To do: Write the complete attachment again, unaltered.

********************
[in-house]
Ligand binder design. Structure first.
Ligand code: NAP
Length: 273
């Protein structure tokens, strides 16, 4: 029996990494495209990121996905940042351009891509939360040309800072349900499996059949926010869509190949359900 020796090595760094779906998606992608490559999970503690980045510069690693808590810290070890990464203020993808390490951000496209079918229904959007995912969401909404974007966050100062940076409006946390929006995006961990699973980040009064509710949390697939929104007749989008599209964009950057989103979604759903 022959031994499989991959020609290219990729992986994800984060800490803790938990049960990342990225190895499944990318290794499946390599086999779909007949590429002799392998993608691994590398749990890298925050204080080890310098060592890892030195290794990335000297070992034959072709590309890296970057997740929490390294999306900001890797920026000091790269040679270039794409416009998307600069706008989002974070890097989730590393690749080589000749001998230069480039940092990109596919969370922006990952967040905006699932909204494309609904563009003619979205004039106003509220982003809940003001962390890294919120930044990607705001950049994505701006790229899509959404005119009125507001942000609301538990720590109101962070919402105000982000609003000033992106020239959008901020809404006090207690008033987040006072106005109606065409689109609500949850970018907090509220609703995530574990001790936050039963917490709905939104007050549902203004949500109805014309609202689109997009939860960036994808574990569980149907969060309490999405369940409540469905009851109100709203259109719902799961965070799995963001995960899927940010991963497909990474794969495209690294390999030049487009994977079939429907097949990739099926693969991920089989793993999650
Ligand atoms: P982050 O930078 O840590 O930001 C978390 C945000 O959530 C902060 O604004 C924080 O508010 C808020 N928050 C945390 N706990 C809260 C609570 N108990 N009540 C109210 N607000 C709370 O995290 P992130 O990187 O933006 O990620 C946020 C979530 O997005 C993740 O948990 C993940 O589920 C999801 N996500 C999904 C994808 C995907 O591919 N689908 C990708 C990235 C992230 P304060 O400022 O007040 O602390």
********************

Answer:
[in-house]
Ligand binder design. Structure first.
Ligand code: NAP
Length: 273
């Protein structure tokens, strides 16, 4: 029996990494495209990121996905940042351009891509939360040309800072349900499996059949926010869509190949359900 020796090595760094779906998606992608490559999970503690980045510069690693808590810290070890990464203020993808390490951000496209079918229904959007995912969401909404974007966050100062940076409006946390929006995006961990699973980040009064509710949390697939929104007749989008599209964009950057989103979604759903 022959031994499989991959020609290219990729992986994800984060800490803790938990049960990342990225190895499944990318290794499946390599086999779909007949590429002799392998993608691994590398749990890298925050204080080890310098060592890892030195290794990335000297070992034959072709590309890296970057997740929490390294999306900001890797920026000091790269040679270039794409416009998307600069706008989002974070890097989730590393690749080589000749001998230069480039940092990109596919969370922006990952967040905006699932909204494309609904563009003619979205004039106003509220982003809940003001962390890294919120930044990607705001950049994505701006790229899509959404005119009125507001942000609301538990720590109101962070919402105000982000609003000033992106020239959008901020809404006090207690008033987040006072106005109606065409689109609500949850970018907090509220609703995530574990001790936050039963917490709905939104007050549902203004949500109805014309609202689109997009939860960036994808574990569980149907969060309490999405369940409540469905009851109100709203259109719902799961965070799995963001995960899927940010991963497909990474794969495209690294390999030049487009994977079939429907097949990739099926693969991920089989793993999650
Ligand atoms: P982050 O930078 O840590 O930001 C978390 C945000 O959530 C902060 O604004 C924080 O508010 C808020 N928050 C945390 N706990 C809260 C609570 N108990 N009540 C109210 N607000 C709370 O995290 P992130 O990187 O933006 O990620 C946020 C979530 O997005 C993740 O948990 C993940 O589920 C999801 N996500 C999904 C994808 C995907 O591919 N689908 C990708 C990235 C992230 P304060 O400022 O007040 O602390």